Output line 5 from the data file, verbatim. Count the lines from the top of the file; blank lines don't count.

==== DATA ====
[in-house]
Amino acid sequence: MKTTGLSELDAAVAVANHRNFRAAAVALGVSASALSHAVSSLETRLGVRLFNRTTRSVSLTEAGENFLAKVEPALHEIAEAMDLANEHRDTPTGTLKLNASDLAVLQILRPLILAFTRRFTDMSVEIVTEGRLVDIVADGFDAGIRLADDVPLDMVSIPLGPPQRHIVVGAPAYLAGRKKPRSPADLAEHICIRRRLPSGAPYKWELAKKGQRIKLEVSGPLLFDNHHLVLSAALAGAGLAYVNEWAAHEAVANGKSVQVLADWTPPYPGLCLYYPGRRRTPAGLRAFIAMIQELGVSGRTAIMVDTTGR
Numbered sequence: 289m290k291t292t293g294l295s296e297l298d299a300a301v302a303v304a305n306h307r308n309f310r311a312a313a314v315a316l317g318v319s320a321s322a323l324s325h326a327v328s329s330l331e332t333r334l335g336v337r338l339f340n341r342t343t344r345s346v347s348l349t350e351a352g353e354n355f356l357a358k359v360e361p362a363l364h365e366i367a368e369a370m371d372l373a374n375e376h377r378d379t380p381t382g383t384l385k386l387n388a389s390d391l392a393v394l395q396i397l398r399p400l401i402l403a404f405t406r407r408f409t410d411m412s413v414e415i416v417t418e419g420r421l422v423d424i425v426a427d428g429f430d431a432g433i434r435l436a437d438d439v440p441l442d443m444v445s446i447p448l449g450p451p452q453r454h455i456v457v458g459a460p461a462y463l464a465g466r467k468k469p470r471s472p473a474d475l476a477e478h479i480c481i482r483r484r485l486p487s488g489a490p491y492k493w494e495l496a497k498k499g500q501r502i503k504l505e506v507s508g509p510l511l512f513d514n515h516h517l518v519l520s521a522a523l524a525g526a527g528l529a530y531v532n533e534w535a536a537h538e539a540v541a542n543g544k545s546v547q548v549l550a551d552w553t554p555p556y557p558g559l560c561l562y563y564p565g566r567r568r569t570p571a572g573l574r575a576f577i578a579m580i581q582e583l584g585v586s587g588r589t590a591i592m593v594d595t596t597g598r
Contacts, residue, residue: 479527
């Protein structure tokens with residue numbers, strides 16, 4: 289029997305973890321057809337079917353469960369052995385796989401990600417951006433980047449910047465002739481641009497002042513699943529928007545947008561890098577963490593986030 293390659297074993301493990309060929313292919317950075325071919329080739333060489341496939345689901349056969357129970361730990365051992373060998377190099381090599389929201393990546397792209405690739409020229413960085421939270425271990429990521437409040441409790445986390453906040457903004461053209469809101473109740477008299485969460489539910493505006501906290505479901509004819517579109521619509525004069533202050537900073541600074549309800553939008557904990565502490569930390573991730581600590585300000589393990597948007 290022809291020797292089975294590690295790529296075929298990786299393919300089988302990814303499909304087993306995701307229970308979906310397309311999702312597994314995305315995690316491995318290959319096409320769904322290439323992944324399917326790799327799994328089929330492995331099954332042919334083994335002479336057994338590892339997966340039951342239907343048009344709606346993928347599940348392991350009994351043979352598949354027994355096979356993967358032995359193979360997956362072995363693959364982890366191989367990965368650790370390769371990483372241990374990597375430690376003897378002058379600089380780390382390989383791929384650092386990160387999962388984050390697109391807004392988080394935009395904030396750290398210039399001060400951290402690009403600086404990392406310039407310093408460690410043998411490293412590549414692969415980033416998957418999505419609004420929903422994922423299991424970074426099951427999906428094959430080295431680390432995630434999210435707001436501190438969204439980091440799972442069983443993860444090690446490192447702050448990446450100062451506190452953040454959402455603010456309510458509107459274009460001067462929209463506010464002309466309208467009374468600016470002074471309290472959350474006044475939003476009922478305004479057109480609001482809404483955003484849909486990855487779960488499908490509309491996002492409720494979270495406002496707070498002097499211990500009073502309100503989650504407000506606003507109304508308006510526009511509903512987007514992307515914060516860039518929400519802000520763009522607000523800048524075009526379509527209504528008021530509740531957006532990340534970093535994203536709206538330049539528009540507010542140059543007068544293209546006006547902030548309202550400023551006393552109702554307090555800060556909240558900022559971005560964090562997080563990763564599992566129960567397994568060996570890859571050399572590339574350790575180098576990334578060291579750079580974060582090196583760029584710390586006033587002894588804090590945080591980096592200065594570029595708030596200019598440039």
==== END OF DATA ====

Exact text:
């Protein structure tokens with residue numbers, strides 16, 4: 289029997305973890321057809337079917353469960369052995385796989401990600417951006433980047449910047465002739481641009497002042513699943529928007545947008561890098577963490593986030 293390659297074993301493990309060929313292919317950075325071919329080739333060489341496939345689901349056969357129970361730990365051992373060998377190099381090599389929201393990546397792209405690739409020229413960085421939270425271990429990521437409040441409790445986390453906040457903004461053209469809101473109740477008299485969460489539910493505006501906290505479901509004819517579109521619509525004069533202050537900073541600074549309800553939008557904990565502490569930390573991730581600590585300000589393990597948007 290022809291020797292089975294590690295790529296075929298990786299393919300089988302990814303499909304087993306995701307229970308979906310397309311999702312597994314995305315995690316491995318290959319096409320769904322290439323992944324399917326790799327799994328089929330492995331099954332042919334083994335002479336057994338590892339997966340039951342239907343048009344709606346993928347599940348392991350009994351043979352598949354027994355096979356993967358032995359193979360997956362072995363693959364982890366191989367990965368650790370390769371990483372241990374990597375430690376003897378002058379600089380780390382390989383791929384650092386990160387999962388984050390697109391807004392988080394935009395904030396750290398210039399001060400951290402690009403600086404990392406310039407310093408460690410043998411490293412590549414692969415980033416998957418999505419609004420929903422994922423299991424970074426099951427999906428094959430080295431680390432995630434999210435707001436501190438969204439980091440799972442069983443993860444090690446490192447702050448990446450100062451506190452953040454959402455603010456309510458509107459274009460001067462929209463506010464002309466309208467009374468600016470002074471309290472959350474006044475939003476009922478305004479057109480609001482809404483955003484849909486990855487779960488499908490509309491996002492409720494979270495406002496707070498002097499211990500009073502309100503989650504407000506606003507109304508308006510526009511509903512987007514992307515914060516860039518929400519802000520763009522607000523800048524075009526379509527209504528008021530509740531957006532990340534970093535994203536709206538330049539528009540507010542140059543007068544293209546006006547902030548309202550400023551006393552109702554307090555800060556909240558900022559971005560964090562997080563990763564599992566129960567397994568060996570890859571050399572590339574350790575180098576990334578060291579750079580974060582090196583760029584710390586006033587002894588804090590945080591980096592200065594570029595708030596200019598440039």